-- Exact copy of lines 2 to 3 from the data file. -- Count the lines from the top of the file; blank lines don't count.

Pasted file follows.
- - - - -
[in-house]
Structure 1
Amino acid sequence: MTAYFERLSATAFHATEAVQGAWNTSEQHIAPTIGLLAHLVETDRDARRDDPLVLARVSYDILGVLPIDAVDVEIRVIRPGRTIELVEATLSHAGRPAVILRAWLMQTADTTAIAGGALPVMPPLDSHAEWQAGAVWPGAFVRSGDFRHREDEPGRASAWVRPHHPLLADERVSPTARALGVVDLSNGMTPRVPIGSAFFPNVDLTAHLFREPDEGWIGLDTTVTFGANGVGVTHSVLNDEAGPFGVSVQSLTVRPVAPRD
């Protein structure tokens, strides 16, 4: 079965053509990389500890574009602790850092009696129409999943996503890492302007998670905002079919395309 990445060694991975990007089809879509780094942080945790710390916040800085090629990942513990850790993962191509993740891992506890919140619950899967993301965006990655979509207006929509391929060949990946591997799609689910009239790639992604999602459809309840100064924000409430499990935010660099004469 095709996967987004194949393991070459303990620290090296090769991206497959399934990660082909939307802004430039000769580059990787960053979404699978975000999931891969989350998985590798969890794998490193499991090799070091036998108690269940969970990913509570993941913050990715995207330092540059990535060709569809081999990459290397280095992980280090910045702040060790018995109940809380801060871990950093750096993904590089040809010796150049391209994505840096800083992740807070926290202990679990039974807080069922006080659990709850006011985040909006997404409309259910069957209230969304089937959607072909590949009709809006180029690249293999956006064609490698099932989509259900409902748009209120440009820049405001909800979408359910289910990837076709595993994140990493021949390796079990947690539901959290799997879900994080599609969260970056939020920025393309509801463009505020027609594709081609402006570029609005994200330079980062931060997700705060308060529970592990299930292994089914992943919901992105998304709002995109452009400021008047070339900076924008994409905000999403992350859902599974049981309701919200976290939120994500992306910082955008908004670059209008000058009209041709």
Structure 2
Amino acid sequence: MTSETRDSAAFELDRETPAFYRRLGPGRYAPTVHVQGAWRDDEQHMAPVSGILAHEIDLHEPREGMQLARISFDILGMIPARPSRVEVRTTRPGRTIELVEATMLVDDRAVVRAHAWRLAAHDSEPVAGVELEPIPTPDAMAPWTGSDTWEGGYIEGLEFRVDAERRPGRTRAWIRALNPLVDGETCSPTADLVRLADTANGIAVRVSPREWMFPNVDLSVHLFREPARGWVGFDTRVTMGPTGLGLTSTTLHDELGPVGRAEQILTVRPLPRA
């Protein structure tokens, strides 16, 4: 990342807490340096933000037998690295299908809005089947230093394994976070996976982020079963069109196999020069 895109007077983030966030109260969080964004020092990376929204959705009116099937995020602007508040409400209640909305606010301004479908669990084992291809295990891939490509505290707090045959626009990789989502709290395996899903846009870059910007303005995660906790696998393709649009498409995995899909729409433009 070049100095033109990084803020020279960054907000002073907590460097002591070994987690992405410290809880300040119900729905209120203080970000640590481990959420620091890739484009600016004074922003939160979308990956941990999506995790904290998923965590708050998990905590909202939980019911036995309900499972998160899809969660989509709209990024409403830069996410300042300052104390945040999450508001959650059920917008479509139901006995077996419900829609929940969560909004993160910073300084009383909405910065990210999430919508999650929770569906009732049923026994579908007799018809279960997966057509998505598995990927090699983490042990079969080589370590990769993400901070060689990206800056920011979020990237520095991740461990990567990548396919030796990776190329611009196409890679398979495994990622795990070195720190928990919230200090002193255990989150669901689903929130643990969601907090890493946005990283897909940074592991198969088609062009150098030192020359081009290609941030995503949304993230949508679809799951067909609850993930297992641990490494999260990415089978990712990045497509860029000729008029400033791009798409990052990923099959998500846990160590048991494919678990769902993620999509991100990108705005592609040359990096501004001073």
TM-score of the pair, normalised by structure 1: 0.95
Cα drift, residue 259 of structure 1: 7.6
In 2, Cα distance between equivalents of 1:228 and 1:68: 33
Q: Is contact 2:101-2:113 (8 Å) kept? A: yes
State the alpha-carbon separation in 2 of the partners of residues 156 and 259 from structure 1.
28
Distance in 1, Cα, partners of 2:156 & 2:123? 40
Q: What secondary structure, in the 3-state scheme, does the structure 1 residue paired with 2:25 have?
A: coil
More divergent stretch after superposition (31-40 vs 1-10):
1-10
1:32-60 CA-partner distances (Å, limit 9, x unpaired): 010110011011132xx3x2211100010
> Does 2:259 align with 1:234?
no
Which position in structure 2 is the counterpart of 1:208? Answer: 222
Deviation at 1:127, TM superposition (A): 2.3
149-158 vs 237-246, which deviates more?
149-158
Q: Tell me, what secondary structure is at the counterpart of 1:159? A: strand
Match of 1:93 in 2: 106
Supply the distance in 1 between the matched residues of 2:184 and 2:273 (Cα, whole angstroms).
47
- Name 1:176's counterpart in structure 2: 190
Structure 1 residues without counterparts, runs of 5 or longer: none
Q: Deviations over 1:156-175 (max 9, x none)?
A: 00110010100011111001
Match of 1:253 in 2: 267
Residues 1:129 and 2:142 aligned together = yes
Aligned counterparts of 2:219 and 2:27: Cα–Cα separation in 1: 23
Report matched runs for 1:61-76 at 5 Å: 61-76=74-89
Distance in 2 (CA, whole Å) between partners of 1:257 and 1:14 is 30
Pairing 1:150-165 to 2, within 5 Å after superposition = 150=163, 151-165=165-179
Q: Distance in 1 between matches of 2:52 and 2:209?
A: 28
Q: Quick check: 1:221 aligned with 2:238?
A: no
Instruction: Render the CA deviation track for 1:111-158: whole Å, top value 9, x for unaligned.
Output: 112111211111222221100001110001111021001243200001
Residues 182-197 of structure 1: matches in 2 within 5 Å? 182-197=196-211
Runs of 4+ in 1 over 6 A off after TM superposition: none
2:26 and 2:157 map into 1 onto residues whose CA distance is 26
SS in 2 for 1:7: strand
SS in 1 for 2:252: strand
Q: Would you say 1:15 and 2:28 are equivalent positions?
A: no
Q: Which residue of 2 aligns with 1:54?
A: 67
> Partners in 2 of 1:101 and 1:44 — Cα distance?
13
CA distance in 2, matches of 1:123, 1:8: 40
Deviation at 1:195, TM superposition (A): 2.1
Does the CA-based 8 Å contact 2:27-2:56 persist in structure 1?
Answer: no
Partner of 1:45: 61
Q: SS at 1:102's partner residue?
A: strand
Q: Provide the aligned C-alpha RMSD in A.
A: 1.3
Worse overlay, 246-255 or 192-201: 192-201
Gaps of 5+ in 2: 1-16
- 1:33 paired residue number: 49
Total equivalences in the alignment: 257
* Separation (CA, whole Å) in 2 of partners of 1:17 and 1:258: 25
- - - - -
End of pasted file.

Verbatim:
Structure 1
Amino acid sequence: MTAYFERLSATAFHATEAVQGAWNTSEQHIAPTIGLLAHLVETDRDARRDDPLVLARVSYDILGVLPIDAVDVEIRVIRPGRTIELVEATLSHAGRPAVILRAWLMQTADTTAIAGGALPVMPPLDSHAEWQAGAVWPGAFVRSGDFRHREDEPGRASAWVRPHHPLLADERVSPTARALGVVDLSNGMTPRVPIGSAFFPNVDLTAHLFREPDEGWIGLDTTVTFGANGVGVTHSVLNDEAGPFGVSVQSLTVRPVAPRD